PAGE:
Spring in the southern zones of Australia has, in the past, been wetter and largely free from highly destructive fires. Both flora and fauna species thus time their reproduction for this period. But as fire seasons lengthen and begin earlier in the year, vulnerable nestlings and babies die where they shelter or starve as the fires burn the fruits and seeds they eat.
Australian fauna have developed behaviours that help them survive fire, including moving towards gullies and depressions, climbing higher, or occupying hollows and burrows (even if not their own) when they sense fire.
But even these behaviours will fail if those refuges are uncharacteristically burning under hotter and drier conditions. Rainforest, marshes and the banks of watercourses were once safe refuges against fire, but we have seen these all burn in recent fires.
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What can be done?
All aspects of fire regimes in Australia are clearly changing as a result of our heating and drying climate. But humans can have a deliberate effect, and have done so in the past.
Indigenous burning created a patchwork of burnt areas and impacted on the magnitude and frequency of fires over the landscape. These regular burns kept the understory under control, while the moderate intensity and patchiness allowed larger trees to survive.
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There have been repeated calls of late to reintroduce Indigenous burning practices in Australia. But this would be difficult over vast areas. It requires knowledgeable individuals to regularly walk through each forest to understand the forest dynamics at a very fine scale.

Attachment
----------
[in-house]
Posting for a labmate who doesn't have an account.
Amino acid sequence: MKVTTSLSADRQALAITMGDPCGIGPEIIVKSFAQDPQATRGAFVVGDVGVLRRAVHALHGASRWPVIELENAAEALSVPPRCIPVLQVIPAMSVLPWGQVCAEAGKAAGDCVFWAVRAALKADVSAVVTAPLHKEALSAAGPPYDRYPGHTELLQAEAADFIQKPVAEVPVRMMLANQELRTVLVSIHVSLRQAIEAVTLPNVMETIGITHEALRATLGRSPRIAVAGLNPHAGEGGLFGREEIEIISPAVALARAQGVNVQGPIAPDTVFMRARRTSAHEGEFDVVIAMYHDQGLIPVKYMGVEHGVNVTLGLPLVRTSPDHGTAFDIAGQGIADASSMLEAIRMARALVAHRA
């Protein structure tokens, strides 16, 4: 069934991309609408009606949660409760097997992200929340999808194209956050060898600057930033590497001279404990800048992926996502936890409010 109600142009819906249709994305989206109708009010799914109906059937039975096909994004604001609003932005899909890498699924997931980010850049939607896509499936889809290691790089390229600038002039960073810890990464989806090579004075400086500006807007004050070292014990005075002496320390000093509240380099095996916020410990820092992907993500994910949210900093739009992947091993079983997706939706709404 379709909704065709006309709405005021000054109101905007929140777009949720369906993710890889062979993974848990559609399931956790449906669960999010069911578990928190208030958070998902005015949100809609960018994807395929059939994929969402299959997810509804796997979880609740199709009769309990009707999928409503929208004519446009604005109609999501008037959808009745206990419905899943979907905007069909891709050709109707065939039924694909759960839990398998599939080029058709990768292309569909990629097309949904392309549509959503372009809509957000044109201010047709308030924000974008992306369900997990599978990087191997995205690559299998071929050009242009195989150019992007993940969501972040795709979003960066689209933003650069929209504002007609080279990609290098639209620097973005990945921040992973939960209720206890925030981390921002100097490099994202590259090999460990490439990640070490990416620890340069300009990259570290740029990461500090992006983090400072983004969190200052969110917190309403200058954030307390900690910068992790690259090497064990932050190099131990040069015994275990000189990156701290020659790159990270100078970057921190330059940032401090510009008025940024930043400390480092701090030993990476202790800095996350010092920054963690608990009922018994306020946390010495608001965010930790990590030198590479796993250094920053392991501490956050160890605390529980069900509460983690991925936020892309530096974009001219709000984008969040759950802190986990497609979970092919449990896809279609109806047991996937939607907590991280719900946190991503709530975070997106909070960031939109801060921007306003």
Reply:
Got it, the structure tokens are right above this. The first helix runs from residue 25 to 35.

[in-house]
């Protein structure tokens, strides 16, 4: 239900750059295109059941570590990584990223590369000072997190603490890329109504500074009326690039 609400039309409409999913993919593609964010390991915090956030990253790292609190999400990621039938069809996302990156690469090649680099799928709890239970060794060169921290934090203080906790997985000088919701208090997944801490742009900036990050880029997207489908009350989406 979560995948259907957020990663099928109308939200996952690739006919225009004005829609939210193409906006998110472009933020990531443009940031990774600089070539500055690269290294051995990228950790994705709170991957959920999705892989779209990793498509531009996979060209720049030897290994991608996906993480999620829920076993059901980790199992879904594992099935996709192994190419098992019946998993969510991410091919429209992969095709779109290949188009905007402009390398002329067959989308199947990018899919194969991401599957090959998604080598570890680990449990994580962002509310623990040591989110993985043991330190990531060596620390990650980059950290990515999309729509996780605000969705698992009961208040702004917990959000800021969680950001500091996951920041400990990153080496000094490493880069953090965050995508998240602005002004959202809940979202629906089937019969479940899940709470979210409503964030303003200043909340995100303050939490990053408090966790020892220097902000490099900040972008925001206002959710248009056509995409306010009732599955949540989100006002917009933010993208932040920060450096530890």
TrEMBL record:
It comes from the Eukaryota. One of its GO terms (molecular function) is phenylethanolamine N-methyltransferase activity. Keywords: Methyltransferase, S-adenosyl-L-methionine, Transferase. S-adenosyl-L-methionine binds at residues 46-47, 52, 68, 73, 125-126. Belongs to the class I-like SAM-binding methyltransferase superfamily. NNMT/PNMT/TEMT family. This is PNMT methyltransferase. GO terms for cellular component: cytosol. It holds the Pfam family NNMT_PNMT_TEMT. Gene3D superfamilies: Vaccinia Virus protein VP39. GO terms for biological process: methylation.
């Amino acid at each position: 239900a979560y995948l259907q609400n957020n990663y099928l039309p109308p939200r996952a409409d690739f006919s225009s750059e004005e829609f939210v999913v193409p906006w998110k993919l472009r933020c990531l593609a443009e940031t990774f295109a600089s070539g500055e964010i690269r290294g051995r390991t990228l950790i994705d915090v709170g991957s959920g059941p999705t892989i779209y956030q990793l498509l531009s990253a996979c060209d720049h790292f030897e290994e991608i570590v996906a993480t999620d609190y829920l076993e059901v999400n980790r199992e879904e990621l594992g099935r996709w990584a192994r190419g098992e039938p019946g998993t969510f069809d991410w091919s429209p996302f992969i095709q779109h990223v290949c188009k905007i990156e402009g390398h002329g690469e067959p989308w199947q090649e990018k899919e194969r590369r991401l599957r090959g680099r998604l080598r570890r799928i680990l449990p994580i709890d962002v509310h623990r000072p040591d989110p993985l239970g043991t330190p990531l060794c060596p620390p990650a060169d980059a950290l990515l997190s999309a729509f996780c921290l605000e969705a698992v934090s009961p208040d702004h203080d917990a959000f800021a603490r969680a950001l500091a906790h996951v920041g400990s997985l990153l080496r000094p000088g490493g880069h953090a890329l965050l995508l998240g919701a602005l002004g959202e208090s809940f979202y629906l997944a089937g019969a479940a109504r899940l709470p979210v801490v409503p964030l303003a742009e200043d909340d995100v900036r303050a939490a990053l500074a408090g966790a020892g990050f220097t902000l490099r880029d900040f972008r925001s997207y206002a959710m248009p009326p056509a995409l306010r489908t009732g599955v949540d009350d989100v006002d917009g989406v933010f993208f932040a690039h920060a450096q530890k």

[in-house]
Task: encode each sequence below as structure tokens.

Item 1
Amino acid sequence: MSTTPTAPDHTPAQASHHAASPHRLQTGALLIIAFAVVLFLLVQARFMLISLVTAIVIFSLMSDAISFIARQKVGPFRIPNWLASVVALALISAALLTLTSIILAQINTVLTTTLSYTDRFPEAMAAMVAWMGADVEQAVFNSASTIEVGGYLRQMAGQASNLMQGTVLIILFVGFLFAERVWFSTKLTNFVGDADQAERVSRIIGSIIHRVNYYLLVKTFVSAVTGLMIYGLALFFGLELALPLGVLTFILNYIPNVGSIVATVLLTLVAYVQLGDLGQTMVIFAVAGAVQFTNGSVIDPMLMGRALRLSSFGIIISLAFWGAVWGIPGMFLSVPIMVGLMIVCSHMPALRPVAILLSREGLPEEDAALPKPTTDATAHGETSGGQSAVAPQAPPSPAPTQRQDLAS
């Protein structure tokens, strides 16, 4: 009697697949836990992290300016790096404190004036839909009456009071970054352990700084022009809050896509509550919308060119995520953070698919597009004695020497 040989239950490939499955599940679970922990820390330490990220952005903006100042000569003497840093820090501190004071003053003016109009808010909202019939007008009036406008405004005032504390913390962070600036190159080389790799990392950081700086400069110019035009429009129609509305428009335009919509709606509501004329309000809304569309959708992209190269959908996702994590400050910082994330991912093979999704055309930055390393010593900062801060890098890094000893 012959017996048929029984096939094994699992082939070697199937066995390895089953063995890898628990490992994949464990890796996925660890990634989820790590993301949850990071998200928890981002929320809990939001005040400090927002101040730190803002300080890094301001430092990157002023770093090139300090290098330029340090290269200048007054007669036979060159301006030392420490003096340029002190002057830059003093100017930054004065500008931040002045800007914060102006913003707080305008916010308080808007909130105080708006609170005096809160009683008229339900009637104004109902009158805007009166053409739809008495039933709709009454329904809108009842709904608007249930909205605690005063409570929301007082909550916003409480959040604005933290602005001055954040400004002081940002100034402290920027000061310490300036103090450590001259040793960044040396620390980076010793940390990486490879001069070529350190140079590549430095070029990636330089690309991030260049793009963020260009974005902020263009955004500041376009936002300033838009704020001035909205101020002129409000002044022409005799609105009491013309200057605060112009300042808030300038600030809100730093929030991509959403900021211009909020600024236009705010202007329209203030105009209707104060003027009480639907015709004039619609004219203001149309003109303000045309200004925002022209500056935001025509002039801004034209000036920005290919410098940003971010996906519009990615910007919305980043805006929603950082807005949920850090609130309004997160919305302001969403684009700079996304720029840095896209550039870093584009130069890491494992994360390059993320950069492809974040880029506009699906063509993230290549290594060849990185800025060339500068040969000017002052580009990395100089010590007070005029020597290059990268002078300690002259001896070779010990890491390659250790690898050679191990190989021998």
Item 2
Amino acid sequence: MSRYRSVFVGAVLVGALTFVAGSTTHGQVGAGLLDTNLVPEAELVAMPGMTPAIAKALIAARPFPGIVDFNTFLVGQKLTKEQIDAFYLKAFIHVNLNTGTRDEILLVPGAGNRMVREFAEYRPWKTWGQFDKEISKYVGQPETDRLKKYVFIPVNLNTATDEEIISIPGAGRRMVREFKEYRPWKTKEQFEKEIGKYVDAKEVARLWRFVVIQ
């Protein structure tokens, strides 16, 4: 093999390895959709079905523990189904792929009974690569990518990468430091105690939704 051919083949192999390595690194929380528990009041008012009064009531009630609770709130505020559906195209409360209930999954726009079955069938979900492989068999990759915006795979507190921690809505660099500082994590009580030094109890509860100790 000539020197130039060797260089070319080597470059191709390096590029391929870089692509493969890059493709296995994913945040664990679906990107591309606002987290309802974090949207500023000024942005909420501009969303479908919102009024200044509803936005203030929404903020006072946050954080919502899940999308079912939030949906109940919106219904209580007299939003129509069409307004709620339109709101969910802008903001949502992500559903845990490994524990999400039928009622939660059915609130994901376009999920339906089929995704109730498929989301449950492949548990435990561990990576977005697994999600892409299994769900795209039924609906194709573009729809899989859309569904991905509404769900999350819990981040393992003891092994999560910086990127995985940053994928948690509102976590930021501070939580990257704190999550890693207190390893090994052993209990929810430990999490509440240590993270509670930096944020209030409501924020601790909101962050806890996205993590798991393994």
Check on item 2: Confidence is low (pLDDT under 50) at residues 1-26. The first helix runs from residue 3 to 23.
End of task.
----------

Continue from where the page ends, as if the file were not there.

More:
More importantly, our landscapes are now filled with dry fuel, and shrubs that act as “ladders” – quickly sending any fire into tree canopies to cause very destructive crown fires. Given these high fuel conditions along with their potentially dangerous distribution, there may be relatively few safe areas to reintroduce Indigenous burning.
The changed fire conditions still require active management of forests, with trained professionals on the ground. Refuges could be developed throughout forests to provide places where animals can shelter and from which trees can recolonise. Such refuges could be reintroduced by reducing forest biomass (or fuel) using small fires where feasible or by mechanical means.
Biomass collected by machines could be used to produce biochar or other useful products. Biochar could even be used to improve the soil damaged by the fires and excess ash.
Midstory species could be cut down to prevent the development of fire ladders to tree crowns. Even the overstory could be thinned to minimise the potential for crown fires. Seed could also be collected from thinned trees to provide an off-site bank as ecological insurance.
Such active management will not be cheap. But using machinery rather than fire could control biomass quantity and distribution in a much more precise way: leaving some biomass on the ground as habitat for insects and reptiles, and removing other patches to create safer refuges from the fires that will continue to come.
Cris Brack, Associate Professor, Fenner School of Environment and Society, Australian National University
This article is republished from The Conversation under a Creative Commons license. Read the original article.